I Want My Helvetica: MTV's Millenial-Friendly Minimalist Design

For a less outwardly rebellious, small-screen-using generation, design director Jeffrey Keyton overhauled the network's visuals to be striking, bold, and clean—while still irreverent.

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MTV

A lot has changed since MTV went live in 1981, when Bob Pittman and his team of talented upstarts put music videos on millions of TVs and George Lois put "I WANT MY MTV" on everyone's lips. Most famously: There's not many music videos played on the network these days. Less remarked upon but perhaps more intriguing: The shift in the network's graphic design.

Recall, if you can, the typography back in the day: the era of the raucous marker-drawn M logo designed by Pat Gorman, Frank Olinsky, and Patti Rogoff of Manhattan Design and street-style. Then came the "winky dink" typography of the '90s. Now there's been what Jeffrey Keyton, network design director for more than 25 years, calls "the Helveticazation" of the brand. The new clean-but-brash style represents a new generation's sensibilities—and, of course, MTV's enduring commitment to evolving with the times.

"There's something alive about eggplant letterforms set against a pale pink," Keyton says.

"You'd have to be heavily sedated to not anticipate change," he says. "Especially for our audience, which demands it. MTV feeds off change. It lives and flourishes because of it. And all that change is a big part of what inspires our design."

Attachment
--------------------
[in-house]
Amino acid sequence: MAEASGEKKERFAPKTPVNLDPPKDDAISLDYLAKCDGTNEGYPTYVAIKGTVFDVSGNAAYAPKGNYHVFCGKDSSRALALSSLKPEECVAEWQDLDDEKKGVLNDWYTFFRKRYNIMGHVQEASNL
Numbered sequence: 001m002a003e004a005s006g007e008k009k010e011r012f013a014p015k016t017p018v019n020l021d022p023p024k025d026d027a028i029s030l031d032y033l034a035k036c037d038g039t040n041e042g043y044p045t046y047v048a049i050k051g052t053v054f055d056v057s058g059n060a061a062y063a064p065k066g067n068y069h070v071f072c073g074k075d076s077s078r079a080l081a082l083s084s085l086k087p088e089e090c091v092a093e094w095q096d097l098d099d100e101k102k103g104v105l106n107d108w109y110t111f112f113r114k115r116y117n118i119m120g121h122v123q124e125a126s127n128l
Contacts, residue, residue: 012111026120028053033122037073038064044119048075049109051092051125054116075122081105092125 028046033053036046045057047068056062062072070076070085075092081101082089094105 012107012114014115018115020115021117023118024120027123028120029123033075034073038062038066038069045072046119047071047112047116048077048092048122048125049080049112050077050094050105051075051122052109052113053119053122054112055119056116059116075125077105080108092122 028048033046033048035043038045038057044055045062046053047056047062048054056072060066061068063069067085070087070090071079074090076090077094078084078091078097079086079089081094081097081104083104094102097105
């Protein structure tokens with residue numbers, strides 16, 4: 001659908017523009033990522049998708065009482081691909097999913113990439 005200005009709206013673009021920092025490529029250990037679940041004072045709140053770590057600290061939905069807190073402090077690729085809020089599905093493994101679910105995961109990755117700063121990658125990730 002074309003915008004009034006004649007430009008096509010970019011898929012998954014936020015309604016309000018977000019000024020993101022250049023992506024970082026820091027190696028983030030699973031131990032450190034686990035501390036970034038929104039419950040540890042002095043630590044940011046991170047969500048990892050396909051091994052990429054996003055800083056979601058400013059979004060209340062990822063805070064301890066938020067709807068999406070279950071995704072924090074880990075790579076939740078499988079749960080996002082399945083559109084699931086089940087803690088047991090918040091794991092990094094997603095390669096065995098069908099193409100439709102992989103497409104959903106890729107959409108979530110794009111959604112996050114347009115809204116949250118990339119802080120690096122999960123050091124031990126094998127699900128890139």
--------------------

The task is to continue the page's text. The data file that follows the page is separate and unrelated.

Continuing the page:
MTV was born from the noisy collision of music and design, which is what made it so exciting for Baby Boomers and Gen Xers. But as these age cohorts turned to HBO, Lifetime, and AMC, "We reached an inflection point when our eclectic identity of the past was getting lost in the cluttered visual landscape of the world today," Keyton says. "It became pretty clear that we had to be more consistent and visually unified to stand out and be remembered. We also needed to communicate that we were a new MTV, by doing something bold and different."

The redesign that Keyton is responsible for was more modern and minimalist, centered around the ubiquitous, white-bread Helvetica typeface. Keyton says he loves the neutrality of the typeface, as well as its functionality, readability, accessibility, and the matter-of-fact way it communicates ideas and provides essential navigation for MTV's audience. "And especially," he says, "that it doesn't get in the way of content, which ultimately is what it's all about."

Color is a big part of the font face's virtue. Helvetica's boldness and clarity lends itself quite well to nearly any hue. "There's something alive about eggplant letterforms set against a pale pink," Keyton says by way of example. "For episodic work, we brought white space back to television with clean black type surrounded by a lot of negative space. You still don't see a lot of that on TV. We also wanted to combat all the 3-D gobbledygook flying around the television landscape. A lot of that stuff looks like someone's just throwing up on the screen."

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Steven Heller is a contributing writer for The Atlantic, the co-chair of the MFA Design program at the School of Visual Arts, and the co-founder of its MFA Design Criticism program.

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